I can certainly relate to everything in this post as I struggle to learn Indonesian before our big move. I’m embarrassed to admit that after 9 years of marriage to a native Indonesian speaker I am not even close to being able to speak it. I have no one to blame but myself mainly due to your Point #4. You will most certainly fail at any language if you don’t dedicate the time to learning and practicing it.

    My wife and I tried to speak nothing but Indonesian at home but we both got really frustrated with that so it never really took off. Of course I am not going to have much choice once we relocate to Indonesia.

    I’ve tried Pimsleur and a few other programs, lost count of the number of books I’ve purchased. Finally I stumbled upon a website run by an American and his Indonesian wife called LearningIndonesian.com. They put together a fantastic program of podcasts. They start out easy and then progress to the point where all of the lessons are entirely in Indonesian. I think being able to listen to actual speakers on your iPod etc. is a real benefit and it’s the one thing that has advanced my speaking ability. The problem is I just haven’t dedicated the time to advancing to the next level.

    Congrats to you for sticking it out and making progress. It will definitely be of benefit to you when you head south.

    • Ryan

      Hey Matt-

      Yea, I’ve found that anything audio that you can put on your iPod or mobile is great. I actually don’t have a smart phone, so I bought a little $10 Coby mp3 player from Amazon… I put all the Pimsleur lessons on there, and then when I go to the gym, I end up having a solid 45 mins to 1 hour of working out and Spanish learning simultaneously. And this is flexible… You could wear it when you are mowing the lawn, doing housework, or driving in the car.

      Even though I’ve put a lot of work into Spanish thus far, I really need to ramp it up the next two months. There’s nothing like a deadline to get me moving!

  • http://www.mytravelinglens.com my.

    Hey Ryan,
    Just stumbled upon your blog. Nice job! As a language enthusiast myself (not a good one), I can relate to your struggles with learning. One thing that I’ve found to be really helpful is to start following people on Twitter that tweet in the languages you want to learn. In my other account, I follow Spanish and Italian speakers. It really helps to read snippets here and there.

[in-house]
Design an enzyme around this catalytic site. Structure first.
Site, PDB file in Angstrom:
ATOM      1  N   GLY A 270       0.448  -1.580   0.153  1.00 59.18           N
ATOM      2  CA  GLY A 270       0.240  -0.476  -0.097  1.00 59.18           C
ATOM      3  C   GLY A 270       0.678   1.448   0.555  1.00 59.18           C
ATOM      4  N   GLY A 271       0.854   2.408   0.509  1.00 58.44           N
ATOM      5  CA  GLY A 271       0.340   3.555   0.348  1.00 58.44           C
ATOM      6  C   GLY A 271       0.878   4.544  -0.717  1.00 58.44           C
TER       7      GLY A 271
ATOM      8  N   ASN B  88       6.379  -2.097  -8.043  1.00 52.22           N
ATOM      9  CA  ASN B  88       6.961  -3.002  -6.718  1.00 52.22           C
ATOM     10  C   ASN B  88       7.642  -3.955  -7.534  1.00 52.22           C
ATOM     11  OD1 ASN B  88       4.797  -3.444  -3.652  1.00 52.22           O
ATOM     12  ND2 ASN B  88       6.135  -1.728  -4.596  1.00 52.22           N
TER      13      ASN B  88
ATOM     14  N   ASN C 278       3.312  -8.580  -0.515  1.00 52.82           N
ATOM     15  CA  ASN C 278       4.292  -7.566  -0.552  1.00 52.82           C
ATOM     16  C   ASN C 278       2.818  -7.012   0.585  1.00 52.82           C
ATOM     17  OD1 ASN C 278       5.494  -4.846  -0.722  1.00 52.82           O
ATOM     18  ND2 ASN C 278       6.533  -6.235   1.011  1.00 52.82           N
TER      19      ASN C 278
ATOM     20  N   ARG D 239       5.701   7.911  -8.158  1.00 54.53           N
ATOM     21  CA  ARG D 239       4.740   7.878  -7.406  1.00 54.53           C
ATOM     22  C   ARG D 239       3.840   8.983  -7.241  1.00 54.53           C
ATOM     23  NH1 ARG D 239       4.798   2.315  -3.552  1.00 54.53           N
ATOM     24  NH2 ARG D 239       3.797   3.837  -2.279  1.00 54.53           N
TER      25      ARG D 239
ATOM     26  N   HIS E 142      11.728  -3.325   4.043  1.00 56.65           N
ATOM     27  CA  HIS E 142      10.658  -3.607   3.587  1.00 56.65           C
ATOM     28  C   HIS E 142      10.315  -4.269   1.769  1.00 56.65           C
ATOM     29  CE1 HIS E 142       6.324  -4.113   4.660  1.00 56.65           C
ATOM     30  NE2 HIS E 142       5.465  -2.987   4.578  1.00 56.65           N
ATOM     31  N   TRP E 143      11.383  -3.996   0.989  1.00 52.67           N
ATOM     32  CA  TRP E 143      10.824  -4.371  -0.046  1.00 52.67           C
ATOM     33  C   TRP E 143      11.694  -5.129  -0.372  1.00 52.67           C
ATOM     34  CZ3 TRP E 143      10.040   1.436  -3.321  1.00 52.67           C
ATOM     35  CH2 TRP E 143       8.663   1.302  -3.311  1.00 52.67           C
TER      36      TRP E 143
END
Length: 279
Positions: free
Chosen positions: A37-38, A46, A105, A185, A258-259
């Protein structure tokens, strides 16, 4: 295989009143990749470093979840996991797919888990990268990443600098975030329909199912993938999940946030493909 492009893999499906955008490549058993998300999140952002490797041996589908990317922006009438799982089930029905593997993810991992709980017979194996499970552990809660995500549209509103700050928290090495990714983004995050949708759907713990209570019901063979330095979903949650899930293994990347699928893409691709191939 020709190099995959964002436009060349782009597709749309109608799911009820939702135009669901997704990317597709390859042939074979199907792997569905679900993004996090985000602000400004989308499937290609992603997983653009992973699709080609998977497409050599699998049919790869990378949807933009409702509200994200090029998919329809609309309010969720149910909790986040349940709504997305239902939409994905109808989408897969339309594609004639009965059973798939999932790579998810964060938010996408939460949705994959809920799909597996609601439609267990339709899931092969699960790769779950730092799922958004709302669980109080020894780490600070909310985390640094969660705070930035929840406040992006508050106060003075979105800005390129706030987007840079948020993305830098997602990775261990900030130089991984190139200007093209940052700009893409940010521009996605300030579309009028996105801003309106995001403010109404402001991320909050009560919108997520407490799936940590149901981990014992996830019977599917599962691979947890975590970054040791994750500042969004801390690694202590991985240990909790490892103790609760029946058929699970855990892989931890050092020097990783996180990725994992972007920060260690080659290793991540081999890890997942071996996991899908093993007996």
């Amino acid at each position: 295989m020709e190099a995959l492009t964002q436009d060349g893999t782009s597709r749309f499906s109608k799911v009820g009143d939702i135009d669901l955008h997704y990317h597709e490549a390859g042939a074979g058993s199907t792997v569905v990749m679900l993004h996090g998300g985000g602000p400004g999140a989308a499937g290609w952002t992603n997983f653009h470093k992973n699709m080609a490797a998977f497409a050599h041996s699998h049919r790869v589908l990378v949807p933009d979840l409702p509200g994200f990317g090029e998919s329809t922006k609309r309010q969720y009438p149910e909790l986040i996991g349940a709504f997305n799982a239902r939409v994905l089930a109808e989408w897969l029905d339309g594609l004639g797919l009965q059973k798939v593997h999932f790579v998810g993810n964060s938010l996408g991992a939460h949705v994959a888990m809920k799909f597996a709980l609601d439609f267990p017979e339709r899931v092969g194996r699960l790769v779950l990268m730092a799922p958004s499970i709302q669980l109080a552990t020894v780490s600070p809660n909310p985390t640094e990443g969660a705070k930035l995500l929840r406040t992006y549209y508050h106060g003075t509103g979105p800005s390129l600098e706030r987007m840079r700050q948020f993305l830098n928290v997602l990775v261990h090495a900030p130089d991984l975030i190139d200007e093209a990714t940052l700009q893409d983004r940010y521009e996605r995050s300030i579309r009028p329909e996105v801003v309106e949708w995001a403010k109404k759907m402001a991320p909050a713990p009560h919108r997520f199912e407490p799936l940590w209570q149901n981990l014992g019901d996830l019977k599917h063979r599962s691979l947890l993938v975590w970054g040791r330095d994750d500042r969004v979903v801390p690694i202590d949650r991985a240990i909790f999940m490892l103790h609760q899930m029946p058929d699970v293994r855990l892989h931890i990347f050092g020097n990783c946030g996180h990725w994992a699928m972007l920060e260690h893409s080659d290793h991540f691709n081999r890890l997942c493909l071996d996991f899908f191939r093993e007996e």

Podemos practicar en juntos! :)

    • Ryan

      Hey Michelle- Thanks for stopping by… I’d be interested to hear which Spanish tweets you are following. I follow one right now, but I only understand it about 30% of the time… Y por supuesto que si podemos practicar juntos! ¿ Cuanto tiempo ha estudiado español?

  • http://agirlwalksintoablog.blogspot.com Cynthia

    This is a great list! I wholeheartedly agree with these. Once I started practicing with native or fluent speakers, I started getting better, *and* gaining more confidence as well.

    Buena suerte con tu viaje. Quiero leer más, y voy a visitar tu bitácora.

    • Ryan

      Gracias, Cynthia! Mi viaje comienza en cincuenta dies! Estoy muy excitado.

  • http://www.yearlyglot.com/ Randy

    People become good at the things they do, so doing flashcards will only make you good at one thing: doing flashcards. You can’t learn to ride a bicycle by reading a book about balance, or looking at pictures of Lance Armstrong. If you want to learn to speak, you have to speak.

    Use social networks to find Spanish speakers and spend as much time as possible chatting with them and talking to them over Skype. You’ll learn much more from one day of that than you will in a month of study.

    • Ryan

      Hey Randy, glad to see you here!

      I really like that quote “People become good at the things they do.” It’s totally true and applicable to everything… I am realizing that I only learn what I do, and that completing the Pimsleur series should not be (and now is not) my only modus operandi. I do like it, though, because many times I want to study while I’m driving in the car or while I’m working out. I can’t talk on Skype when I’m doing these, and Pimsleur definitely enables me to practice proper pronunciation… It’s true in any case that you have to speak, speak, speak.